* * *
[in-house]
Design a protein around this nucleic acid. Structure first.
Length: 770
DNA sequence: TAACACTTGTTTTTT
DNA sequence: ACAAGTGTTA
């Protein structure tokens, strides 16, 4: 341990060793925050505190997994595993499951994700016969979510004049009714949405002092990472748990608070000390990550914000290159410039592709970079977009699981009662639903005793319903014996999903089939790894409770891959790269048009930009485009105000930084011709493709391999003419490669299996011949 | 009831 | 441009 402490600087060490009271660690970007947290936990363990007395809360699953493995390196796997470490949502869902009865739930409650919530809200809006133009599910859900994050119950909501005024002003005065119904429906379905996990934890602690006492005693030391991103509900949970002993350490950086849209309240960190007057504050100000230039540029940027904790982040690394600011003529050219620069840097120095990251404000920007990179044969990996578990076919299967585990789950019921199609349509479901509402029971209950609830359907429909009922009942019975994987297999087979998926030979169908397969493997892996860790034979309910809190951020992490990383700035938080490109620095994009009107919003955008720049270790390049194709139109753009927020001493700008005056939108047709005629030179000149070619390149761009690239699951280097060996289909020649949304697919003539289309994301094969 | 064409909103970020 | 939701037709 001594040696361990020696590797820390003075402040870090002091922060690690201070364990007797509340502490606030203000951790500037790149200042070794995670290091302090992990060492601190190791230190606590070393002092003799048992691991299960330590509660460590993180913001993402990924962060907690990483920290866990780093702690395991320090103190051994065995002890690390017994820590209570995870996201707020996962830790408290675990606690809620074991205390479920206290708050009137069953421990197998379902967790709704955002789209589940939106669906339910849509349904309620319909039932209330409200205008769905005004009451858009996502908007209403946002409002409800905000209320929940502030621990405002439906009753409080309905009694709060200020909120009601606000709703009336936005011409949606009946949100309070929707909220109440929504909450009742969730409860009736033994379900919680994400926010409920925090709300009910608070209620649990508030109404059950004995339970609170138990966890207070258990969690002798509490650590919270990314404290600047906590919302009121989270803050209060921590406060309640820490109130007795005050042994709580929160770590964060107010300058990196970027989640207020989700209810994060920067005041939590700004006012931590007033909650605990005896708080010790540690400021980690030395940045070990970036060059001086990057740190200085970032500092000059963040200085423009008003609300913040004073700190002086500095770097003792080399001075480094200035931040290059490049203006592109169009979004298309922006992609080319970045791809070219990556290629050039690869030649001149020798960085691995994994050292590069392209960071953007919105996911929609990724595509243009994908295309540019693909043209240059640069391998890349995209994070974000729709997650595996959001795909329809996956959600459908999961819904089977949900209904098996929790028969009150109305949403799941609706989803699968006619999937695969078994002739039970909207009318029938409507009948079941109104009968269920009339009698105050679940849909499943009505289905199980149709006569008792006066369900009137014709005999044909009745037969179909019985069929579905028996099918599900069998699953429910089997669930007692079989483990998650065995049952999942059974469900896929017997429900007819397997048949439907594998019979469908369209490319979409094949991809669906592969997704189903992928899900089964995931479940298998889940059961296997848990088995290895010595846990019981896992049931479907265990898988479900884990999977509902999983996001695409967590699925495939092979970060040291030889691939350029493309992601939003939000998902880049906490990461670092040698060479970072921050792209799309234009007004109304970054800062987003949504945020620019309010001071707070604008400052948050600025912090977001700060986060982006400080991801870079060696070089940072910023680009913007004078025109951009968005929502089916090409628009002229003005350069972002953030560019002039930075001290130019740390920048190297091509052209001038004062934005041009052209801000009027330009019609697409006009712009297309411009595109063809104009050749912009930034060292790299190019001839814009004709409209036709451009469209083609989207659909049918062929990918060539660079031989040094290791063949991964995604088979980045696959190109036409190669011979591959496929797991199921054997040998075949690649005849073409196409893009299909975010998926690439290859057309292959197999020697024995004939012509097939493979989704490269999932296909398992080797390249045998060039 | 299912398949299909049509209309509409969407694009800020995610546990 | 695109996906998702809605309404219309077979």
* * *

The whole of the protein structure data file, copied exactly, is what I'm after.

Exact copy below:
[in-house]
Design a protein around this nucleic acid. Structure first.
Length: 770
DNA sequence: TAACACTTGTTTTTT
DNA sequence: ACAAGTGTTA
């Protein structure tokens, strides 16, 4: 341990060793925050505190997994595993499951994700016969979510004049009714949405002092990472748990608070000390990550914000290159410039592709970079977009699981009662639903005793319903014996999903089939790894409770891959790269048009930009485009105000930084011709493709391999003419490669299996011949 | 009831 | 441009 402490600087060490009271660690970007947290936990363990007395809360699953493995390196796997470490949502869902009865739930409650919530809200809006133009599910859900994050119950909501005024002003005065119904429906379905996990934890602690006492005693030391991103509900949970002993350490950086849209309240960190007057504050100000230039540029940027904790982040690394600011003529050219620069840097120095990251404000920007990179044969990996578990076919299967585990789950019921199609349509479901509402029971209950609830359907429909009922009942019975994987297999087979998926030979169908397969493997892996860790034979309910809190951020992490990383700035938080490109620095994009009107919003955008720049270790390049194709139109753009927020001493700008005056939108047709005629030179000149070619390149761009690239699951280097060996289909020649949304697919003539289309994301094969 | 064409909103970020 | 939701037709 001594040696361990020696590797820390003075402040870090002091922060690690201070364990007797509340502490606030203000951790500037790149200042070794995670290091302090992990060492601190190791230190606590070393002092003799048992691991299960330590509660460590993180913001993402990924962060907690990483920290866990780093702690395991320090103190051994065995002890690390017994820590209570995870996201707020996962830790408290675990606690809620074991205390479920206290708050009137069953421990197998379902967790709704955002789209589940939106669906339910849509349904309620319909039932209330409200205008769905005004009451858009996502908007209403946002409002409800905000209320929940502030621990405002439906009753409080309905009694709060200020909120009601606000709703009336936005011409949606009946949100309070929707909220109440929504909450009742969730409860009736033994379900919680994400926010409920925090709300009910608070209620649990508030109404059950004995339970609170138990966890207070258990969690002798509490650590919270990314404290600047906590919302009121989270803050209060921590406060309640820490109130007795005050042994709580929160770590964060107010300058990196970027989640207020989700209810994060920067005041939590700004006012931590007033909650605990005896708080010790540690400021980690030395940045070990970036060059001086990057740190200085970032500092000059963040200085423009008003609300913040004073700190002086500095770097003792080399001075480094200035931040290059490049203006592109169009979004298309922006992609080319970045791809070219990556290629050039690869030649001149020798960085691995994994050292590069392209960071953007919105996911929609990724595509243009994908295309540019693909043209240059640069391998890349995209994070974000729709997650595996959001795909329809996956959600459908999961819904089977949900209904098996929790028969009150109305949403799941609706989803699968006619999937695969078994002739039970909207009318029938409507009948079941109104009968269920009339009698105050679940849909499943009505289905199980149709006569008792006066369900009137014709005999044909009745037969179909019985069929579905028996099918599900069998699953429910089997669930007692079989483990998650065995049952999942059974469900896929017997429900007819397997048949439907594998019979469908369209490319979409094949991809669906592969997704189903992928899900089964995931479940298998889940059961296997848990088995290895010595846990019981896992049931479907265990898988479900884990999977509902999983996001695409967590699925495939092979970060040291030889691939350029493309992601939003939000998902880049906490990461670092040698060479970072921050792209799309234009007004109304970054800062987003949504945020620019309010001071707070604008400052948050600025912090977001700060986060982006400080991801870079060696070089940072910023680009913007004078025109951009968005929502089916090409628009002229003005350069972002953030560019002039930075001290130019740390920048190297091509052209001038004062934005041009052209801000009027330009019609697409006009712009297309411009595109063809104009050749912009930034060292790299190019001839814009004709409209036709451009469209083609989207659909049918062929990918060539660079031989040094290791063949991964995604088979980045696959190109036409190669011979591959496929797991199921054997040998075949690649005849073409196409893009299909975010998926690439290859057309292959197999020697024995004939012509097939493979989704490269999932296909398992080797390249045998060039 | 299912398949299909049509209309509409969407694009800020995610546990 | 695109996906998702809605309404219309077979």